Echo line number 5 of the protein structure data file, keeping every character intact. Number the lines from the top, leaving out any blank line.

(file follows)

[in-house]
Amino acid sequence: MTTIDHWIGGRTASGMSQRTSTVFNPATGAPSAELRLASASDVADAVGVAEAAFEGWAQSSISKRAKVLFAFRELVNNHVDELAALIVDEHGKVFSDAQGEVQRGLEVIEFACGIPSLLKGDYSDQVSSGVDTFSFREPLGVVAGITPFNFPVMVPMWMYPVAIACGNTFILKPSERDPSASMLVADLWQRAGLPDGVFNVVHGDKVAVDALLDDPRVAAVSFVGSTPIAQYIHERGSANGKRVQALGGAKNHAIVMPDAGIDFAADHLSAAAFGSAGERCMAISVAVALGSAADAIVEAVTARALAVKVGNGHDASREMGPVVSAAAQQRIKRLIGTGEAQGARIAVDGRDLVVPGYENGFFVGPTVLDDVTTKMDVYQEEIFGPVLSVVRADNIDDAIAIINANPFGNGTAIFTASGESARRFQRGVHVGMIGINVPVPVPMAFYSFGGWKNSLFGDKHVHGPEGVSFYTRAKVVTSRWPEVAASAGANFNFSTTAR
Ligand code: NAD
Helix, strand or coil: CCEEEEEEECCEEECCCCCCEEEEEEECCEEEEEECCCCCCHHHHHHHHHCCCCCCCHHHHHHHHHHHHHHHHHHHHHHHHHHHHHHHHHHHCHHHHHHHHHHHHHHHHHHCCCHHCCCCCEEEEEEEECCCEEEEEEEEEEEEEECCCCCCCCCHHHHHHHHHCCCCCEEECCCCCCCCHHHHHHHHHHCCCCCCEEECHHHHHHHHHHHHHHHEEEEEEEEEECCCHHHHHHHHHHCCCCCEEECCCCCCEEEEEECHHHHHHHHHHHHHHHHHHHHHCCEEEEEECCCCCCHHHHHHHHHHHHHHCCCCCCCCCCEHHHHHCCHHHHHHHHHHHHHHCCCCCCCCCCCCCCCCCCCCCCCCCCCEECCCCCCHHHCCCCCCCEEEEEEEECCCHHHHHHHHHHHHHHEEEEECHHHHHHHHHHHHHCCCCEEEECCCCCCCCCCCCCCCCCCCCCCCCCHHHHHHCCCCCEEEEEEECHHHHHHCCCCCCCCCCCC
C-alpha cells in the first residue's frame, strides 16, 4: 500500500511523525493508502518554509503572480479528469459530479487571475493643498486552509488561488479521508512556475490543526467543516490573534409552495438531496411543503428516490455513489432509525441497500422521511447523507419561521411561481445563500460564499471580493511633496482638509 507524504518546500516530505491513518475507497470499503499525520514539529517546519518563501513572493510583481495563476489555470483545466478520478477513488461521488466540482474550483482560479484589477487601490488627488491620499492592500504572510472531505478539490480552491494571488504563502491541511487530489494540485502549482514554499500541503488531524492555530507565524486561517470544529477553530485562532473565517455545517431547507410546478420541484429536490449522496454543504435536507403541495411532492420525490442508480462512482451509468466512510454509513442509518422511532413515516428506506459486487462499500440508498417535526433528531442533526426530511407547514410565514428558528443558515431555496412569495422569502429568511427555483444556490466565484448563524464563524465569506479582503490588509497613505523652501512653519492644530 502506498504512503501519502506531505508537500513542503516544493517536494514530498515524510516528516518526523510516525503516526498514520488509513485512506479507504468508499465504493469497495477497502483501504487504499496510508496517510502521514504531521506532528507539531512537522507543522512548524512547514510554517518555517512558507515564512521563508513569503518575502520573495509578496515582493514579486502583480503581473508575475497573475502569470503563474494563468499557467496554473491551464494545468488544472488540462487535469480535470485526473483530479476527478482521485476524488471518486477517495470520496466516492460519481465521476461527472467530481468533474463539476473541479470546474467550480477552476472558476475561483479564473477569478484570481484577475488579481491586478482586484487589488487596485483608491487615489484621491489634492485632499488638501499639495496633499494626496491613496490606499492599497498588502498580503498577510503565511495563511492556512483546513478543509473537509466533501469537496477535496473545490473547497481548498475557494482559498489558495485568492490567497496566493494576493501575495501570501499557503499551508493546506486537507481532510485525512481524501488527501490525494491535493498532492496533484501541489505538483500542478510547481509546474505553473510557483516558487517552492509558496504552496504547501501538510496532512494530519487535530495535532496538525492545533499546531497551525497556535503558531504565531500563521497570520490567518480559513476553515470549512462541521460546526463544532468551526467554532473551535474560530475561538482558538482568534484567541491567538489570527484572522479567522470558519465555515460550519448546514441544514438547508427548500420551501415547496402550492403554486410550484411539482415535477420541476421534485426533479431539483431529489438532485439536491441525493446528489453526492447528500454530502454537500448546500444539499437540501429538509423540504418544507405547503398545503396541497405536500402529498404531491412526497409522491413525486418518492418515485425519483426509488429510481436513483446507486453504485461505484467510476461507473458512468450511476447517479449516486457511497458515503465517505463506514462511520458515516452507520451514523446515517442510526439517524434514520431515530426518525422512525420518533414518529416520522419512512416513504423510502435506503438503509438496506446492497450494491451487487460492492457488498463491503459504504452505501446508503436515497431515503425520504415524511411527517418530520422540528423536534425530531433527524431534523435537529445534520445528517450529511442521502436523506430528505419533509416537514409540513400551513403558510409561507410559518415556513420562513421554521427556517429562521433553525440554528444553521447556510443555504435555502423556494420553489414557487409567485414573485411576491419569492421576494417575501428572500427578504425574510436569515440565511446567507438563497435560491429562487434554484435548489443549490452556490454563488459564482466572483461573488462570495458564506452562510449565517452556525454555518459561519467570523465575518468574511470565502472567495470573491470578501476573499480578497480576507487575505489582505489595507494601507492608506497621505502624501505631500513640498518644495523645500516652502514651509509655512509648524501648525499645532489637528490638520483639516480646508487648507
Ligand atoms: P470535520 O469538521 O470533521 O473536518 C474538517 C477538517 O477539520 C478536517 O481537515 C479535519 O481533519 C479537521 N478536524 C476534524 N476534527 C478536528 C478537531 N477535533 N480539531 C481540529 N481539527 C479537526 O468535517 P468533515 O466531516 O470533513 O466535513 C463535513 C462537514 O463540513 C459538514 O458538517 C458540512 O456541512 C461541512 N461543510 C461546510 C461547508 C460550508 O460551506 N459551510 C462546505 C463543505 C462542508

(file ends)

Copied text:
C-alpha cells in the first residue's frame, strides 16, 4: 500500500511523525493508502518554509503572480479528469459530479487571475493643498486552509488561488479521508512556475490543526467543516490573534409552495438531496411543503428516490455513489432509525441497500422521511447523507419561521411561481445563500460564499471580493511633496482638509 507524504518546500516530505491513518475507497470499503499525520514539529517546519518563501513572493510583481495563476489555470483545466478520478477513488461521488466540482474550483482560479484589477487601490488627488491620499492592500504572510472531505478539490480552491494571488504563502491541511487530489494540485502549482514554499500541503488531524492555530507565524486561517470544529477553530485562532473565517455545517431547507410546478420541484429536490449522496454543504435536507403541495411532492420525490442508480462512482451509468466512510454509513442509518422511532413515516428506506459486487462499500440508498417535526433528531442533526426530511407547514410565514428558528443558515431555496412569495422569502429568511427555483444556490466565484448563524464563524465569506479582503490588509497613505523652501512653519492644530 502506498504512503501519502506531505508537500513542503516544493517536494514530498515524510516528516518526523510516525503516526498514520488509513485512506479507504468508499465504493469497495477497502483501504487504499496510508496517510502521514504531521506532528507539531512537522507543522512548524512547514510554517518555517512558507515564512521563508513569503518575502520573495509578496515582493514579486502583480503581473508575475497573475502569470503563474494563468499557467496554473491551464494545468488544472488540462487535469480535470485526473483530479476527478482521485476524488471518486477517495470520496466516492460519481465521476461527472467530481468533474463539476473541479470546474467550480477552476472558476475561483479564473477569478484570481484577475488579481491586478482586484487589488487596485483608491487615489484621491489634492485632499488638501499639495496633499494626496491613496490606499492599497498588502498580503498577510503565511495563511492556512483546513478543509473537509466533501469537496477535496473545490473547497481548498475557494482559498489558495485568492490567497496566493494576493501575495501570501499557503499551508493546506486537507481532510485525512481524501488527501490525494491535493498532492496533484501541489505538483500542478510547481509546474505553473510557483516558487517552492509558496504552496504547501501538510496532512494530519487535530495535532496538525492545533499546531497551525497556535503558531504565531500563521497570520490567518480559513476553515470549512462541521460546526463544532468551526467554532473551535474560530475561538482558538482568534484567541491567538489570527484572522479567522470558519465555515460550519448546514441544514438547508427548500420551501415547496402550492403554486410550484411539482415535477420541476421534485426533479431539483431529489438532485439536491441525493446528489453526492447528500454530502454537500448546500444539499437540501429538509423540504418544507405547503398545503396541497405536500402529498404531491412526497409522491413525486418518492418515485425519483426509488429510481436513483446507486453504485461505484467510476461507473458512468450511476447517479449516486457511497458515503465517505463506514462511520458515516452507520451514523446515517442510526439517524434514520431515530426518525422512525420518533414518529416520522419512512416513504423510502435506503438503509438496506446492497450494491451487487460492492457488498463491503459504504452505501446508503436515497431515503425520504415524511411527517418530520422540528423536534425530531433527524431534523435537529445534520445528517450529511442521502436523506430528505419533509416537514409540513400551513403558510409561507410559518415556513420562513421554521427556517429562521433553525440554528444553521447556510443555504435555502423556494420553489414557487409567485414573485411576491419569492421576494417575501428572500427578504425574510436569515440565511446567507438563497435560491429562487434554484435548489443549490452556490454563488459564482466572483461573488462570495458564506452562510449565517452556525454555518459561519467570523465575518468574511470565502472567495470573491470578501476573499480578497480576507487575505489582505489595507494601507492608506497621505502624501505631500513640498518644495523645500516652502514651509509655512509648524501648525499645532489637528490638520483639516480646508487648507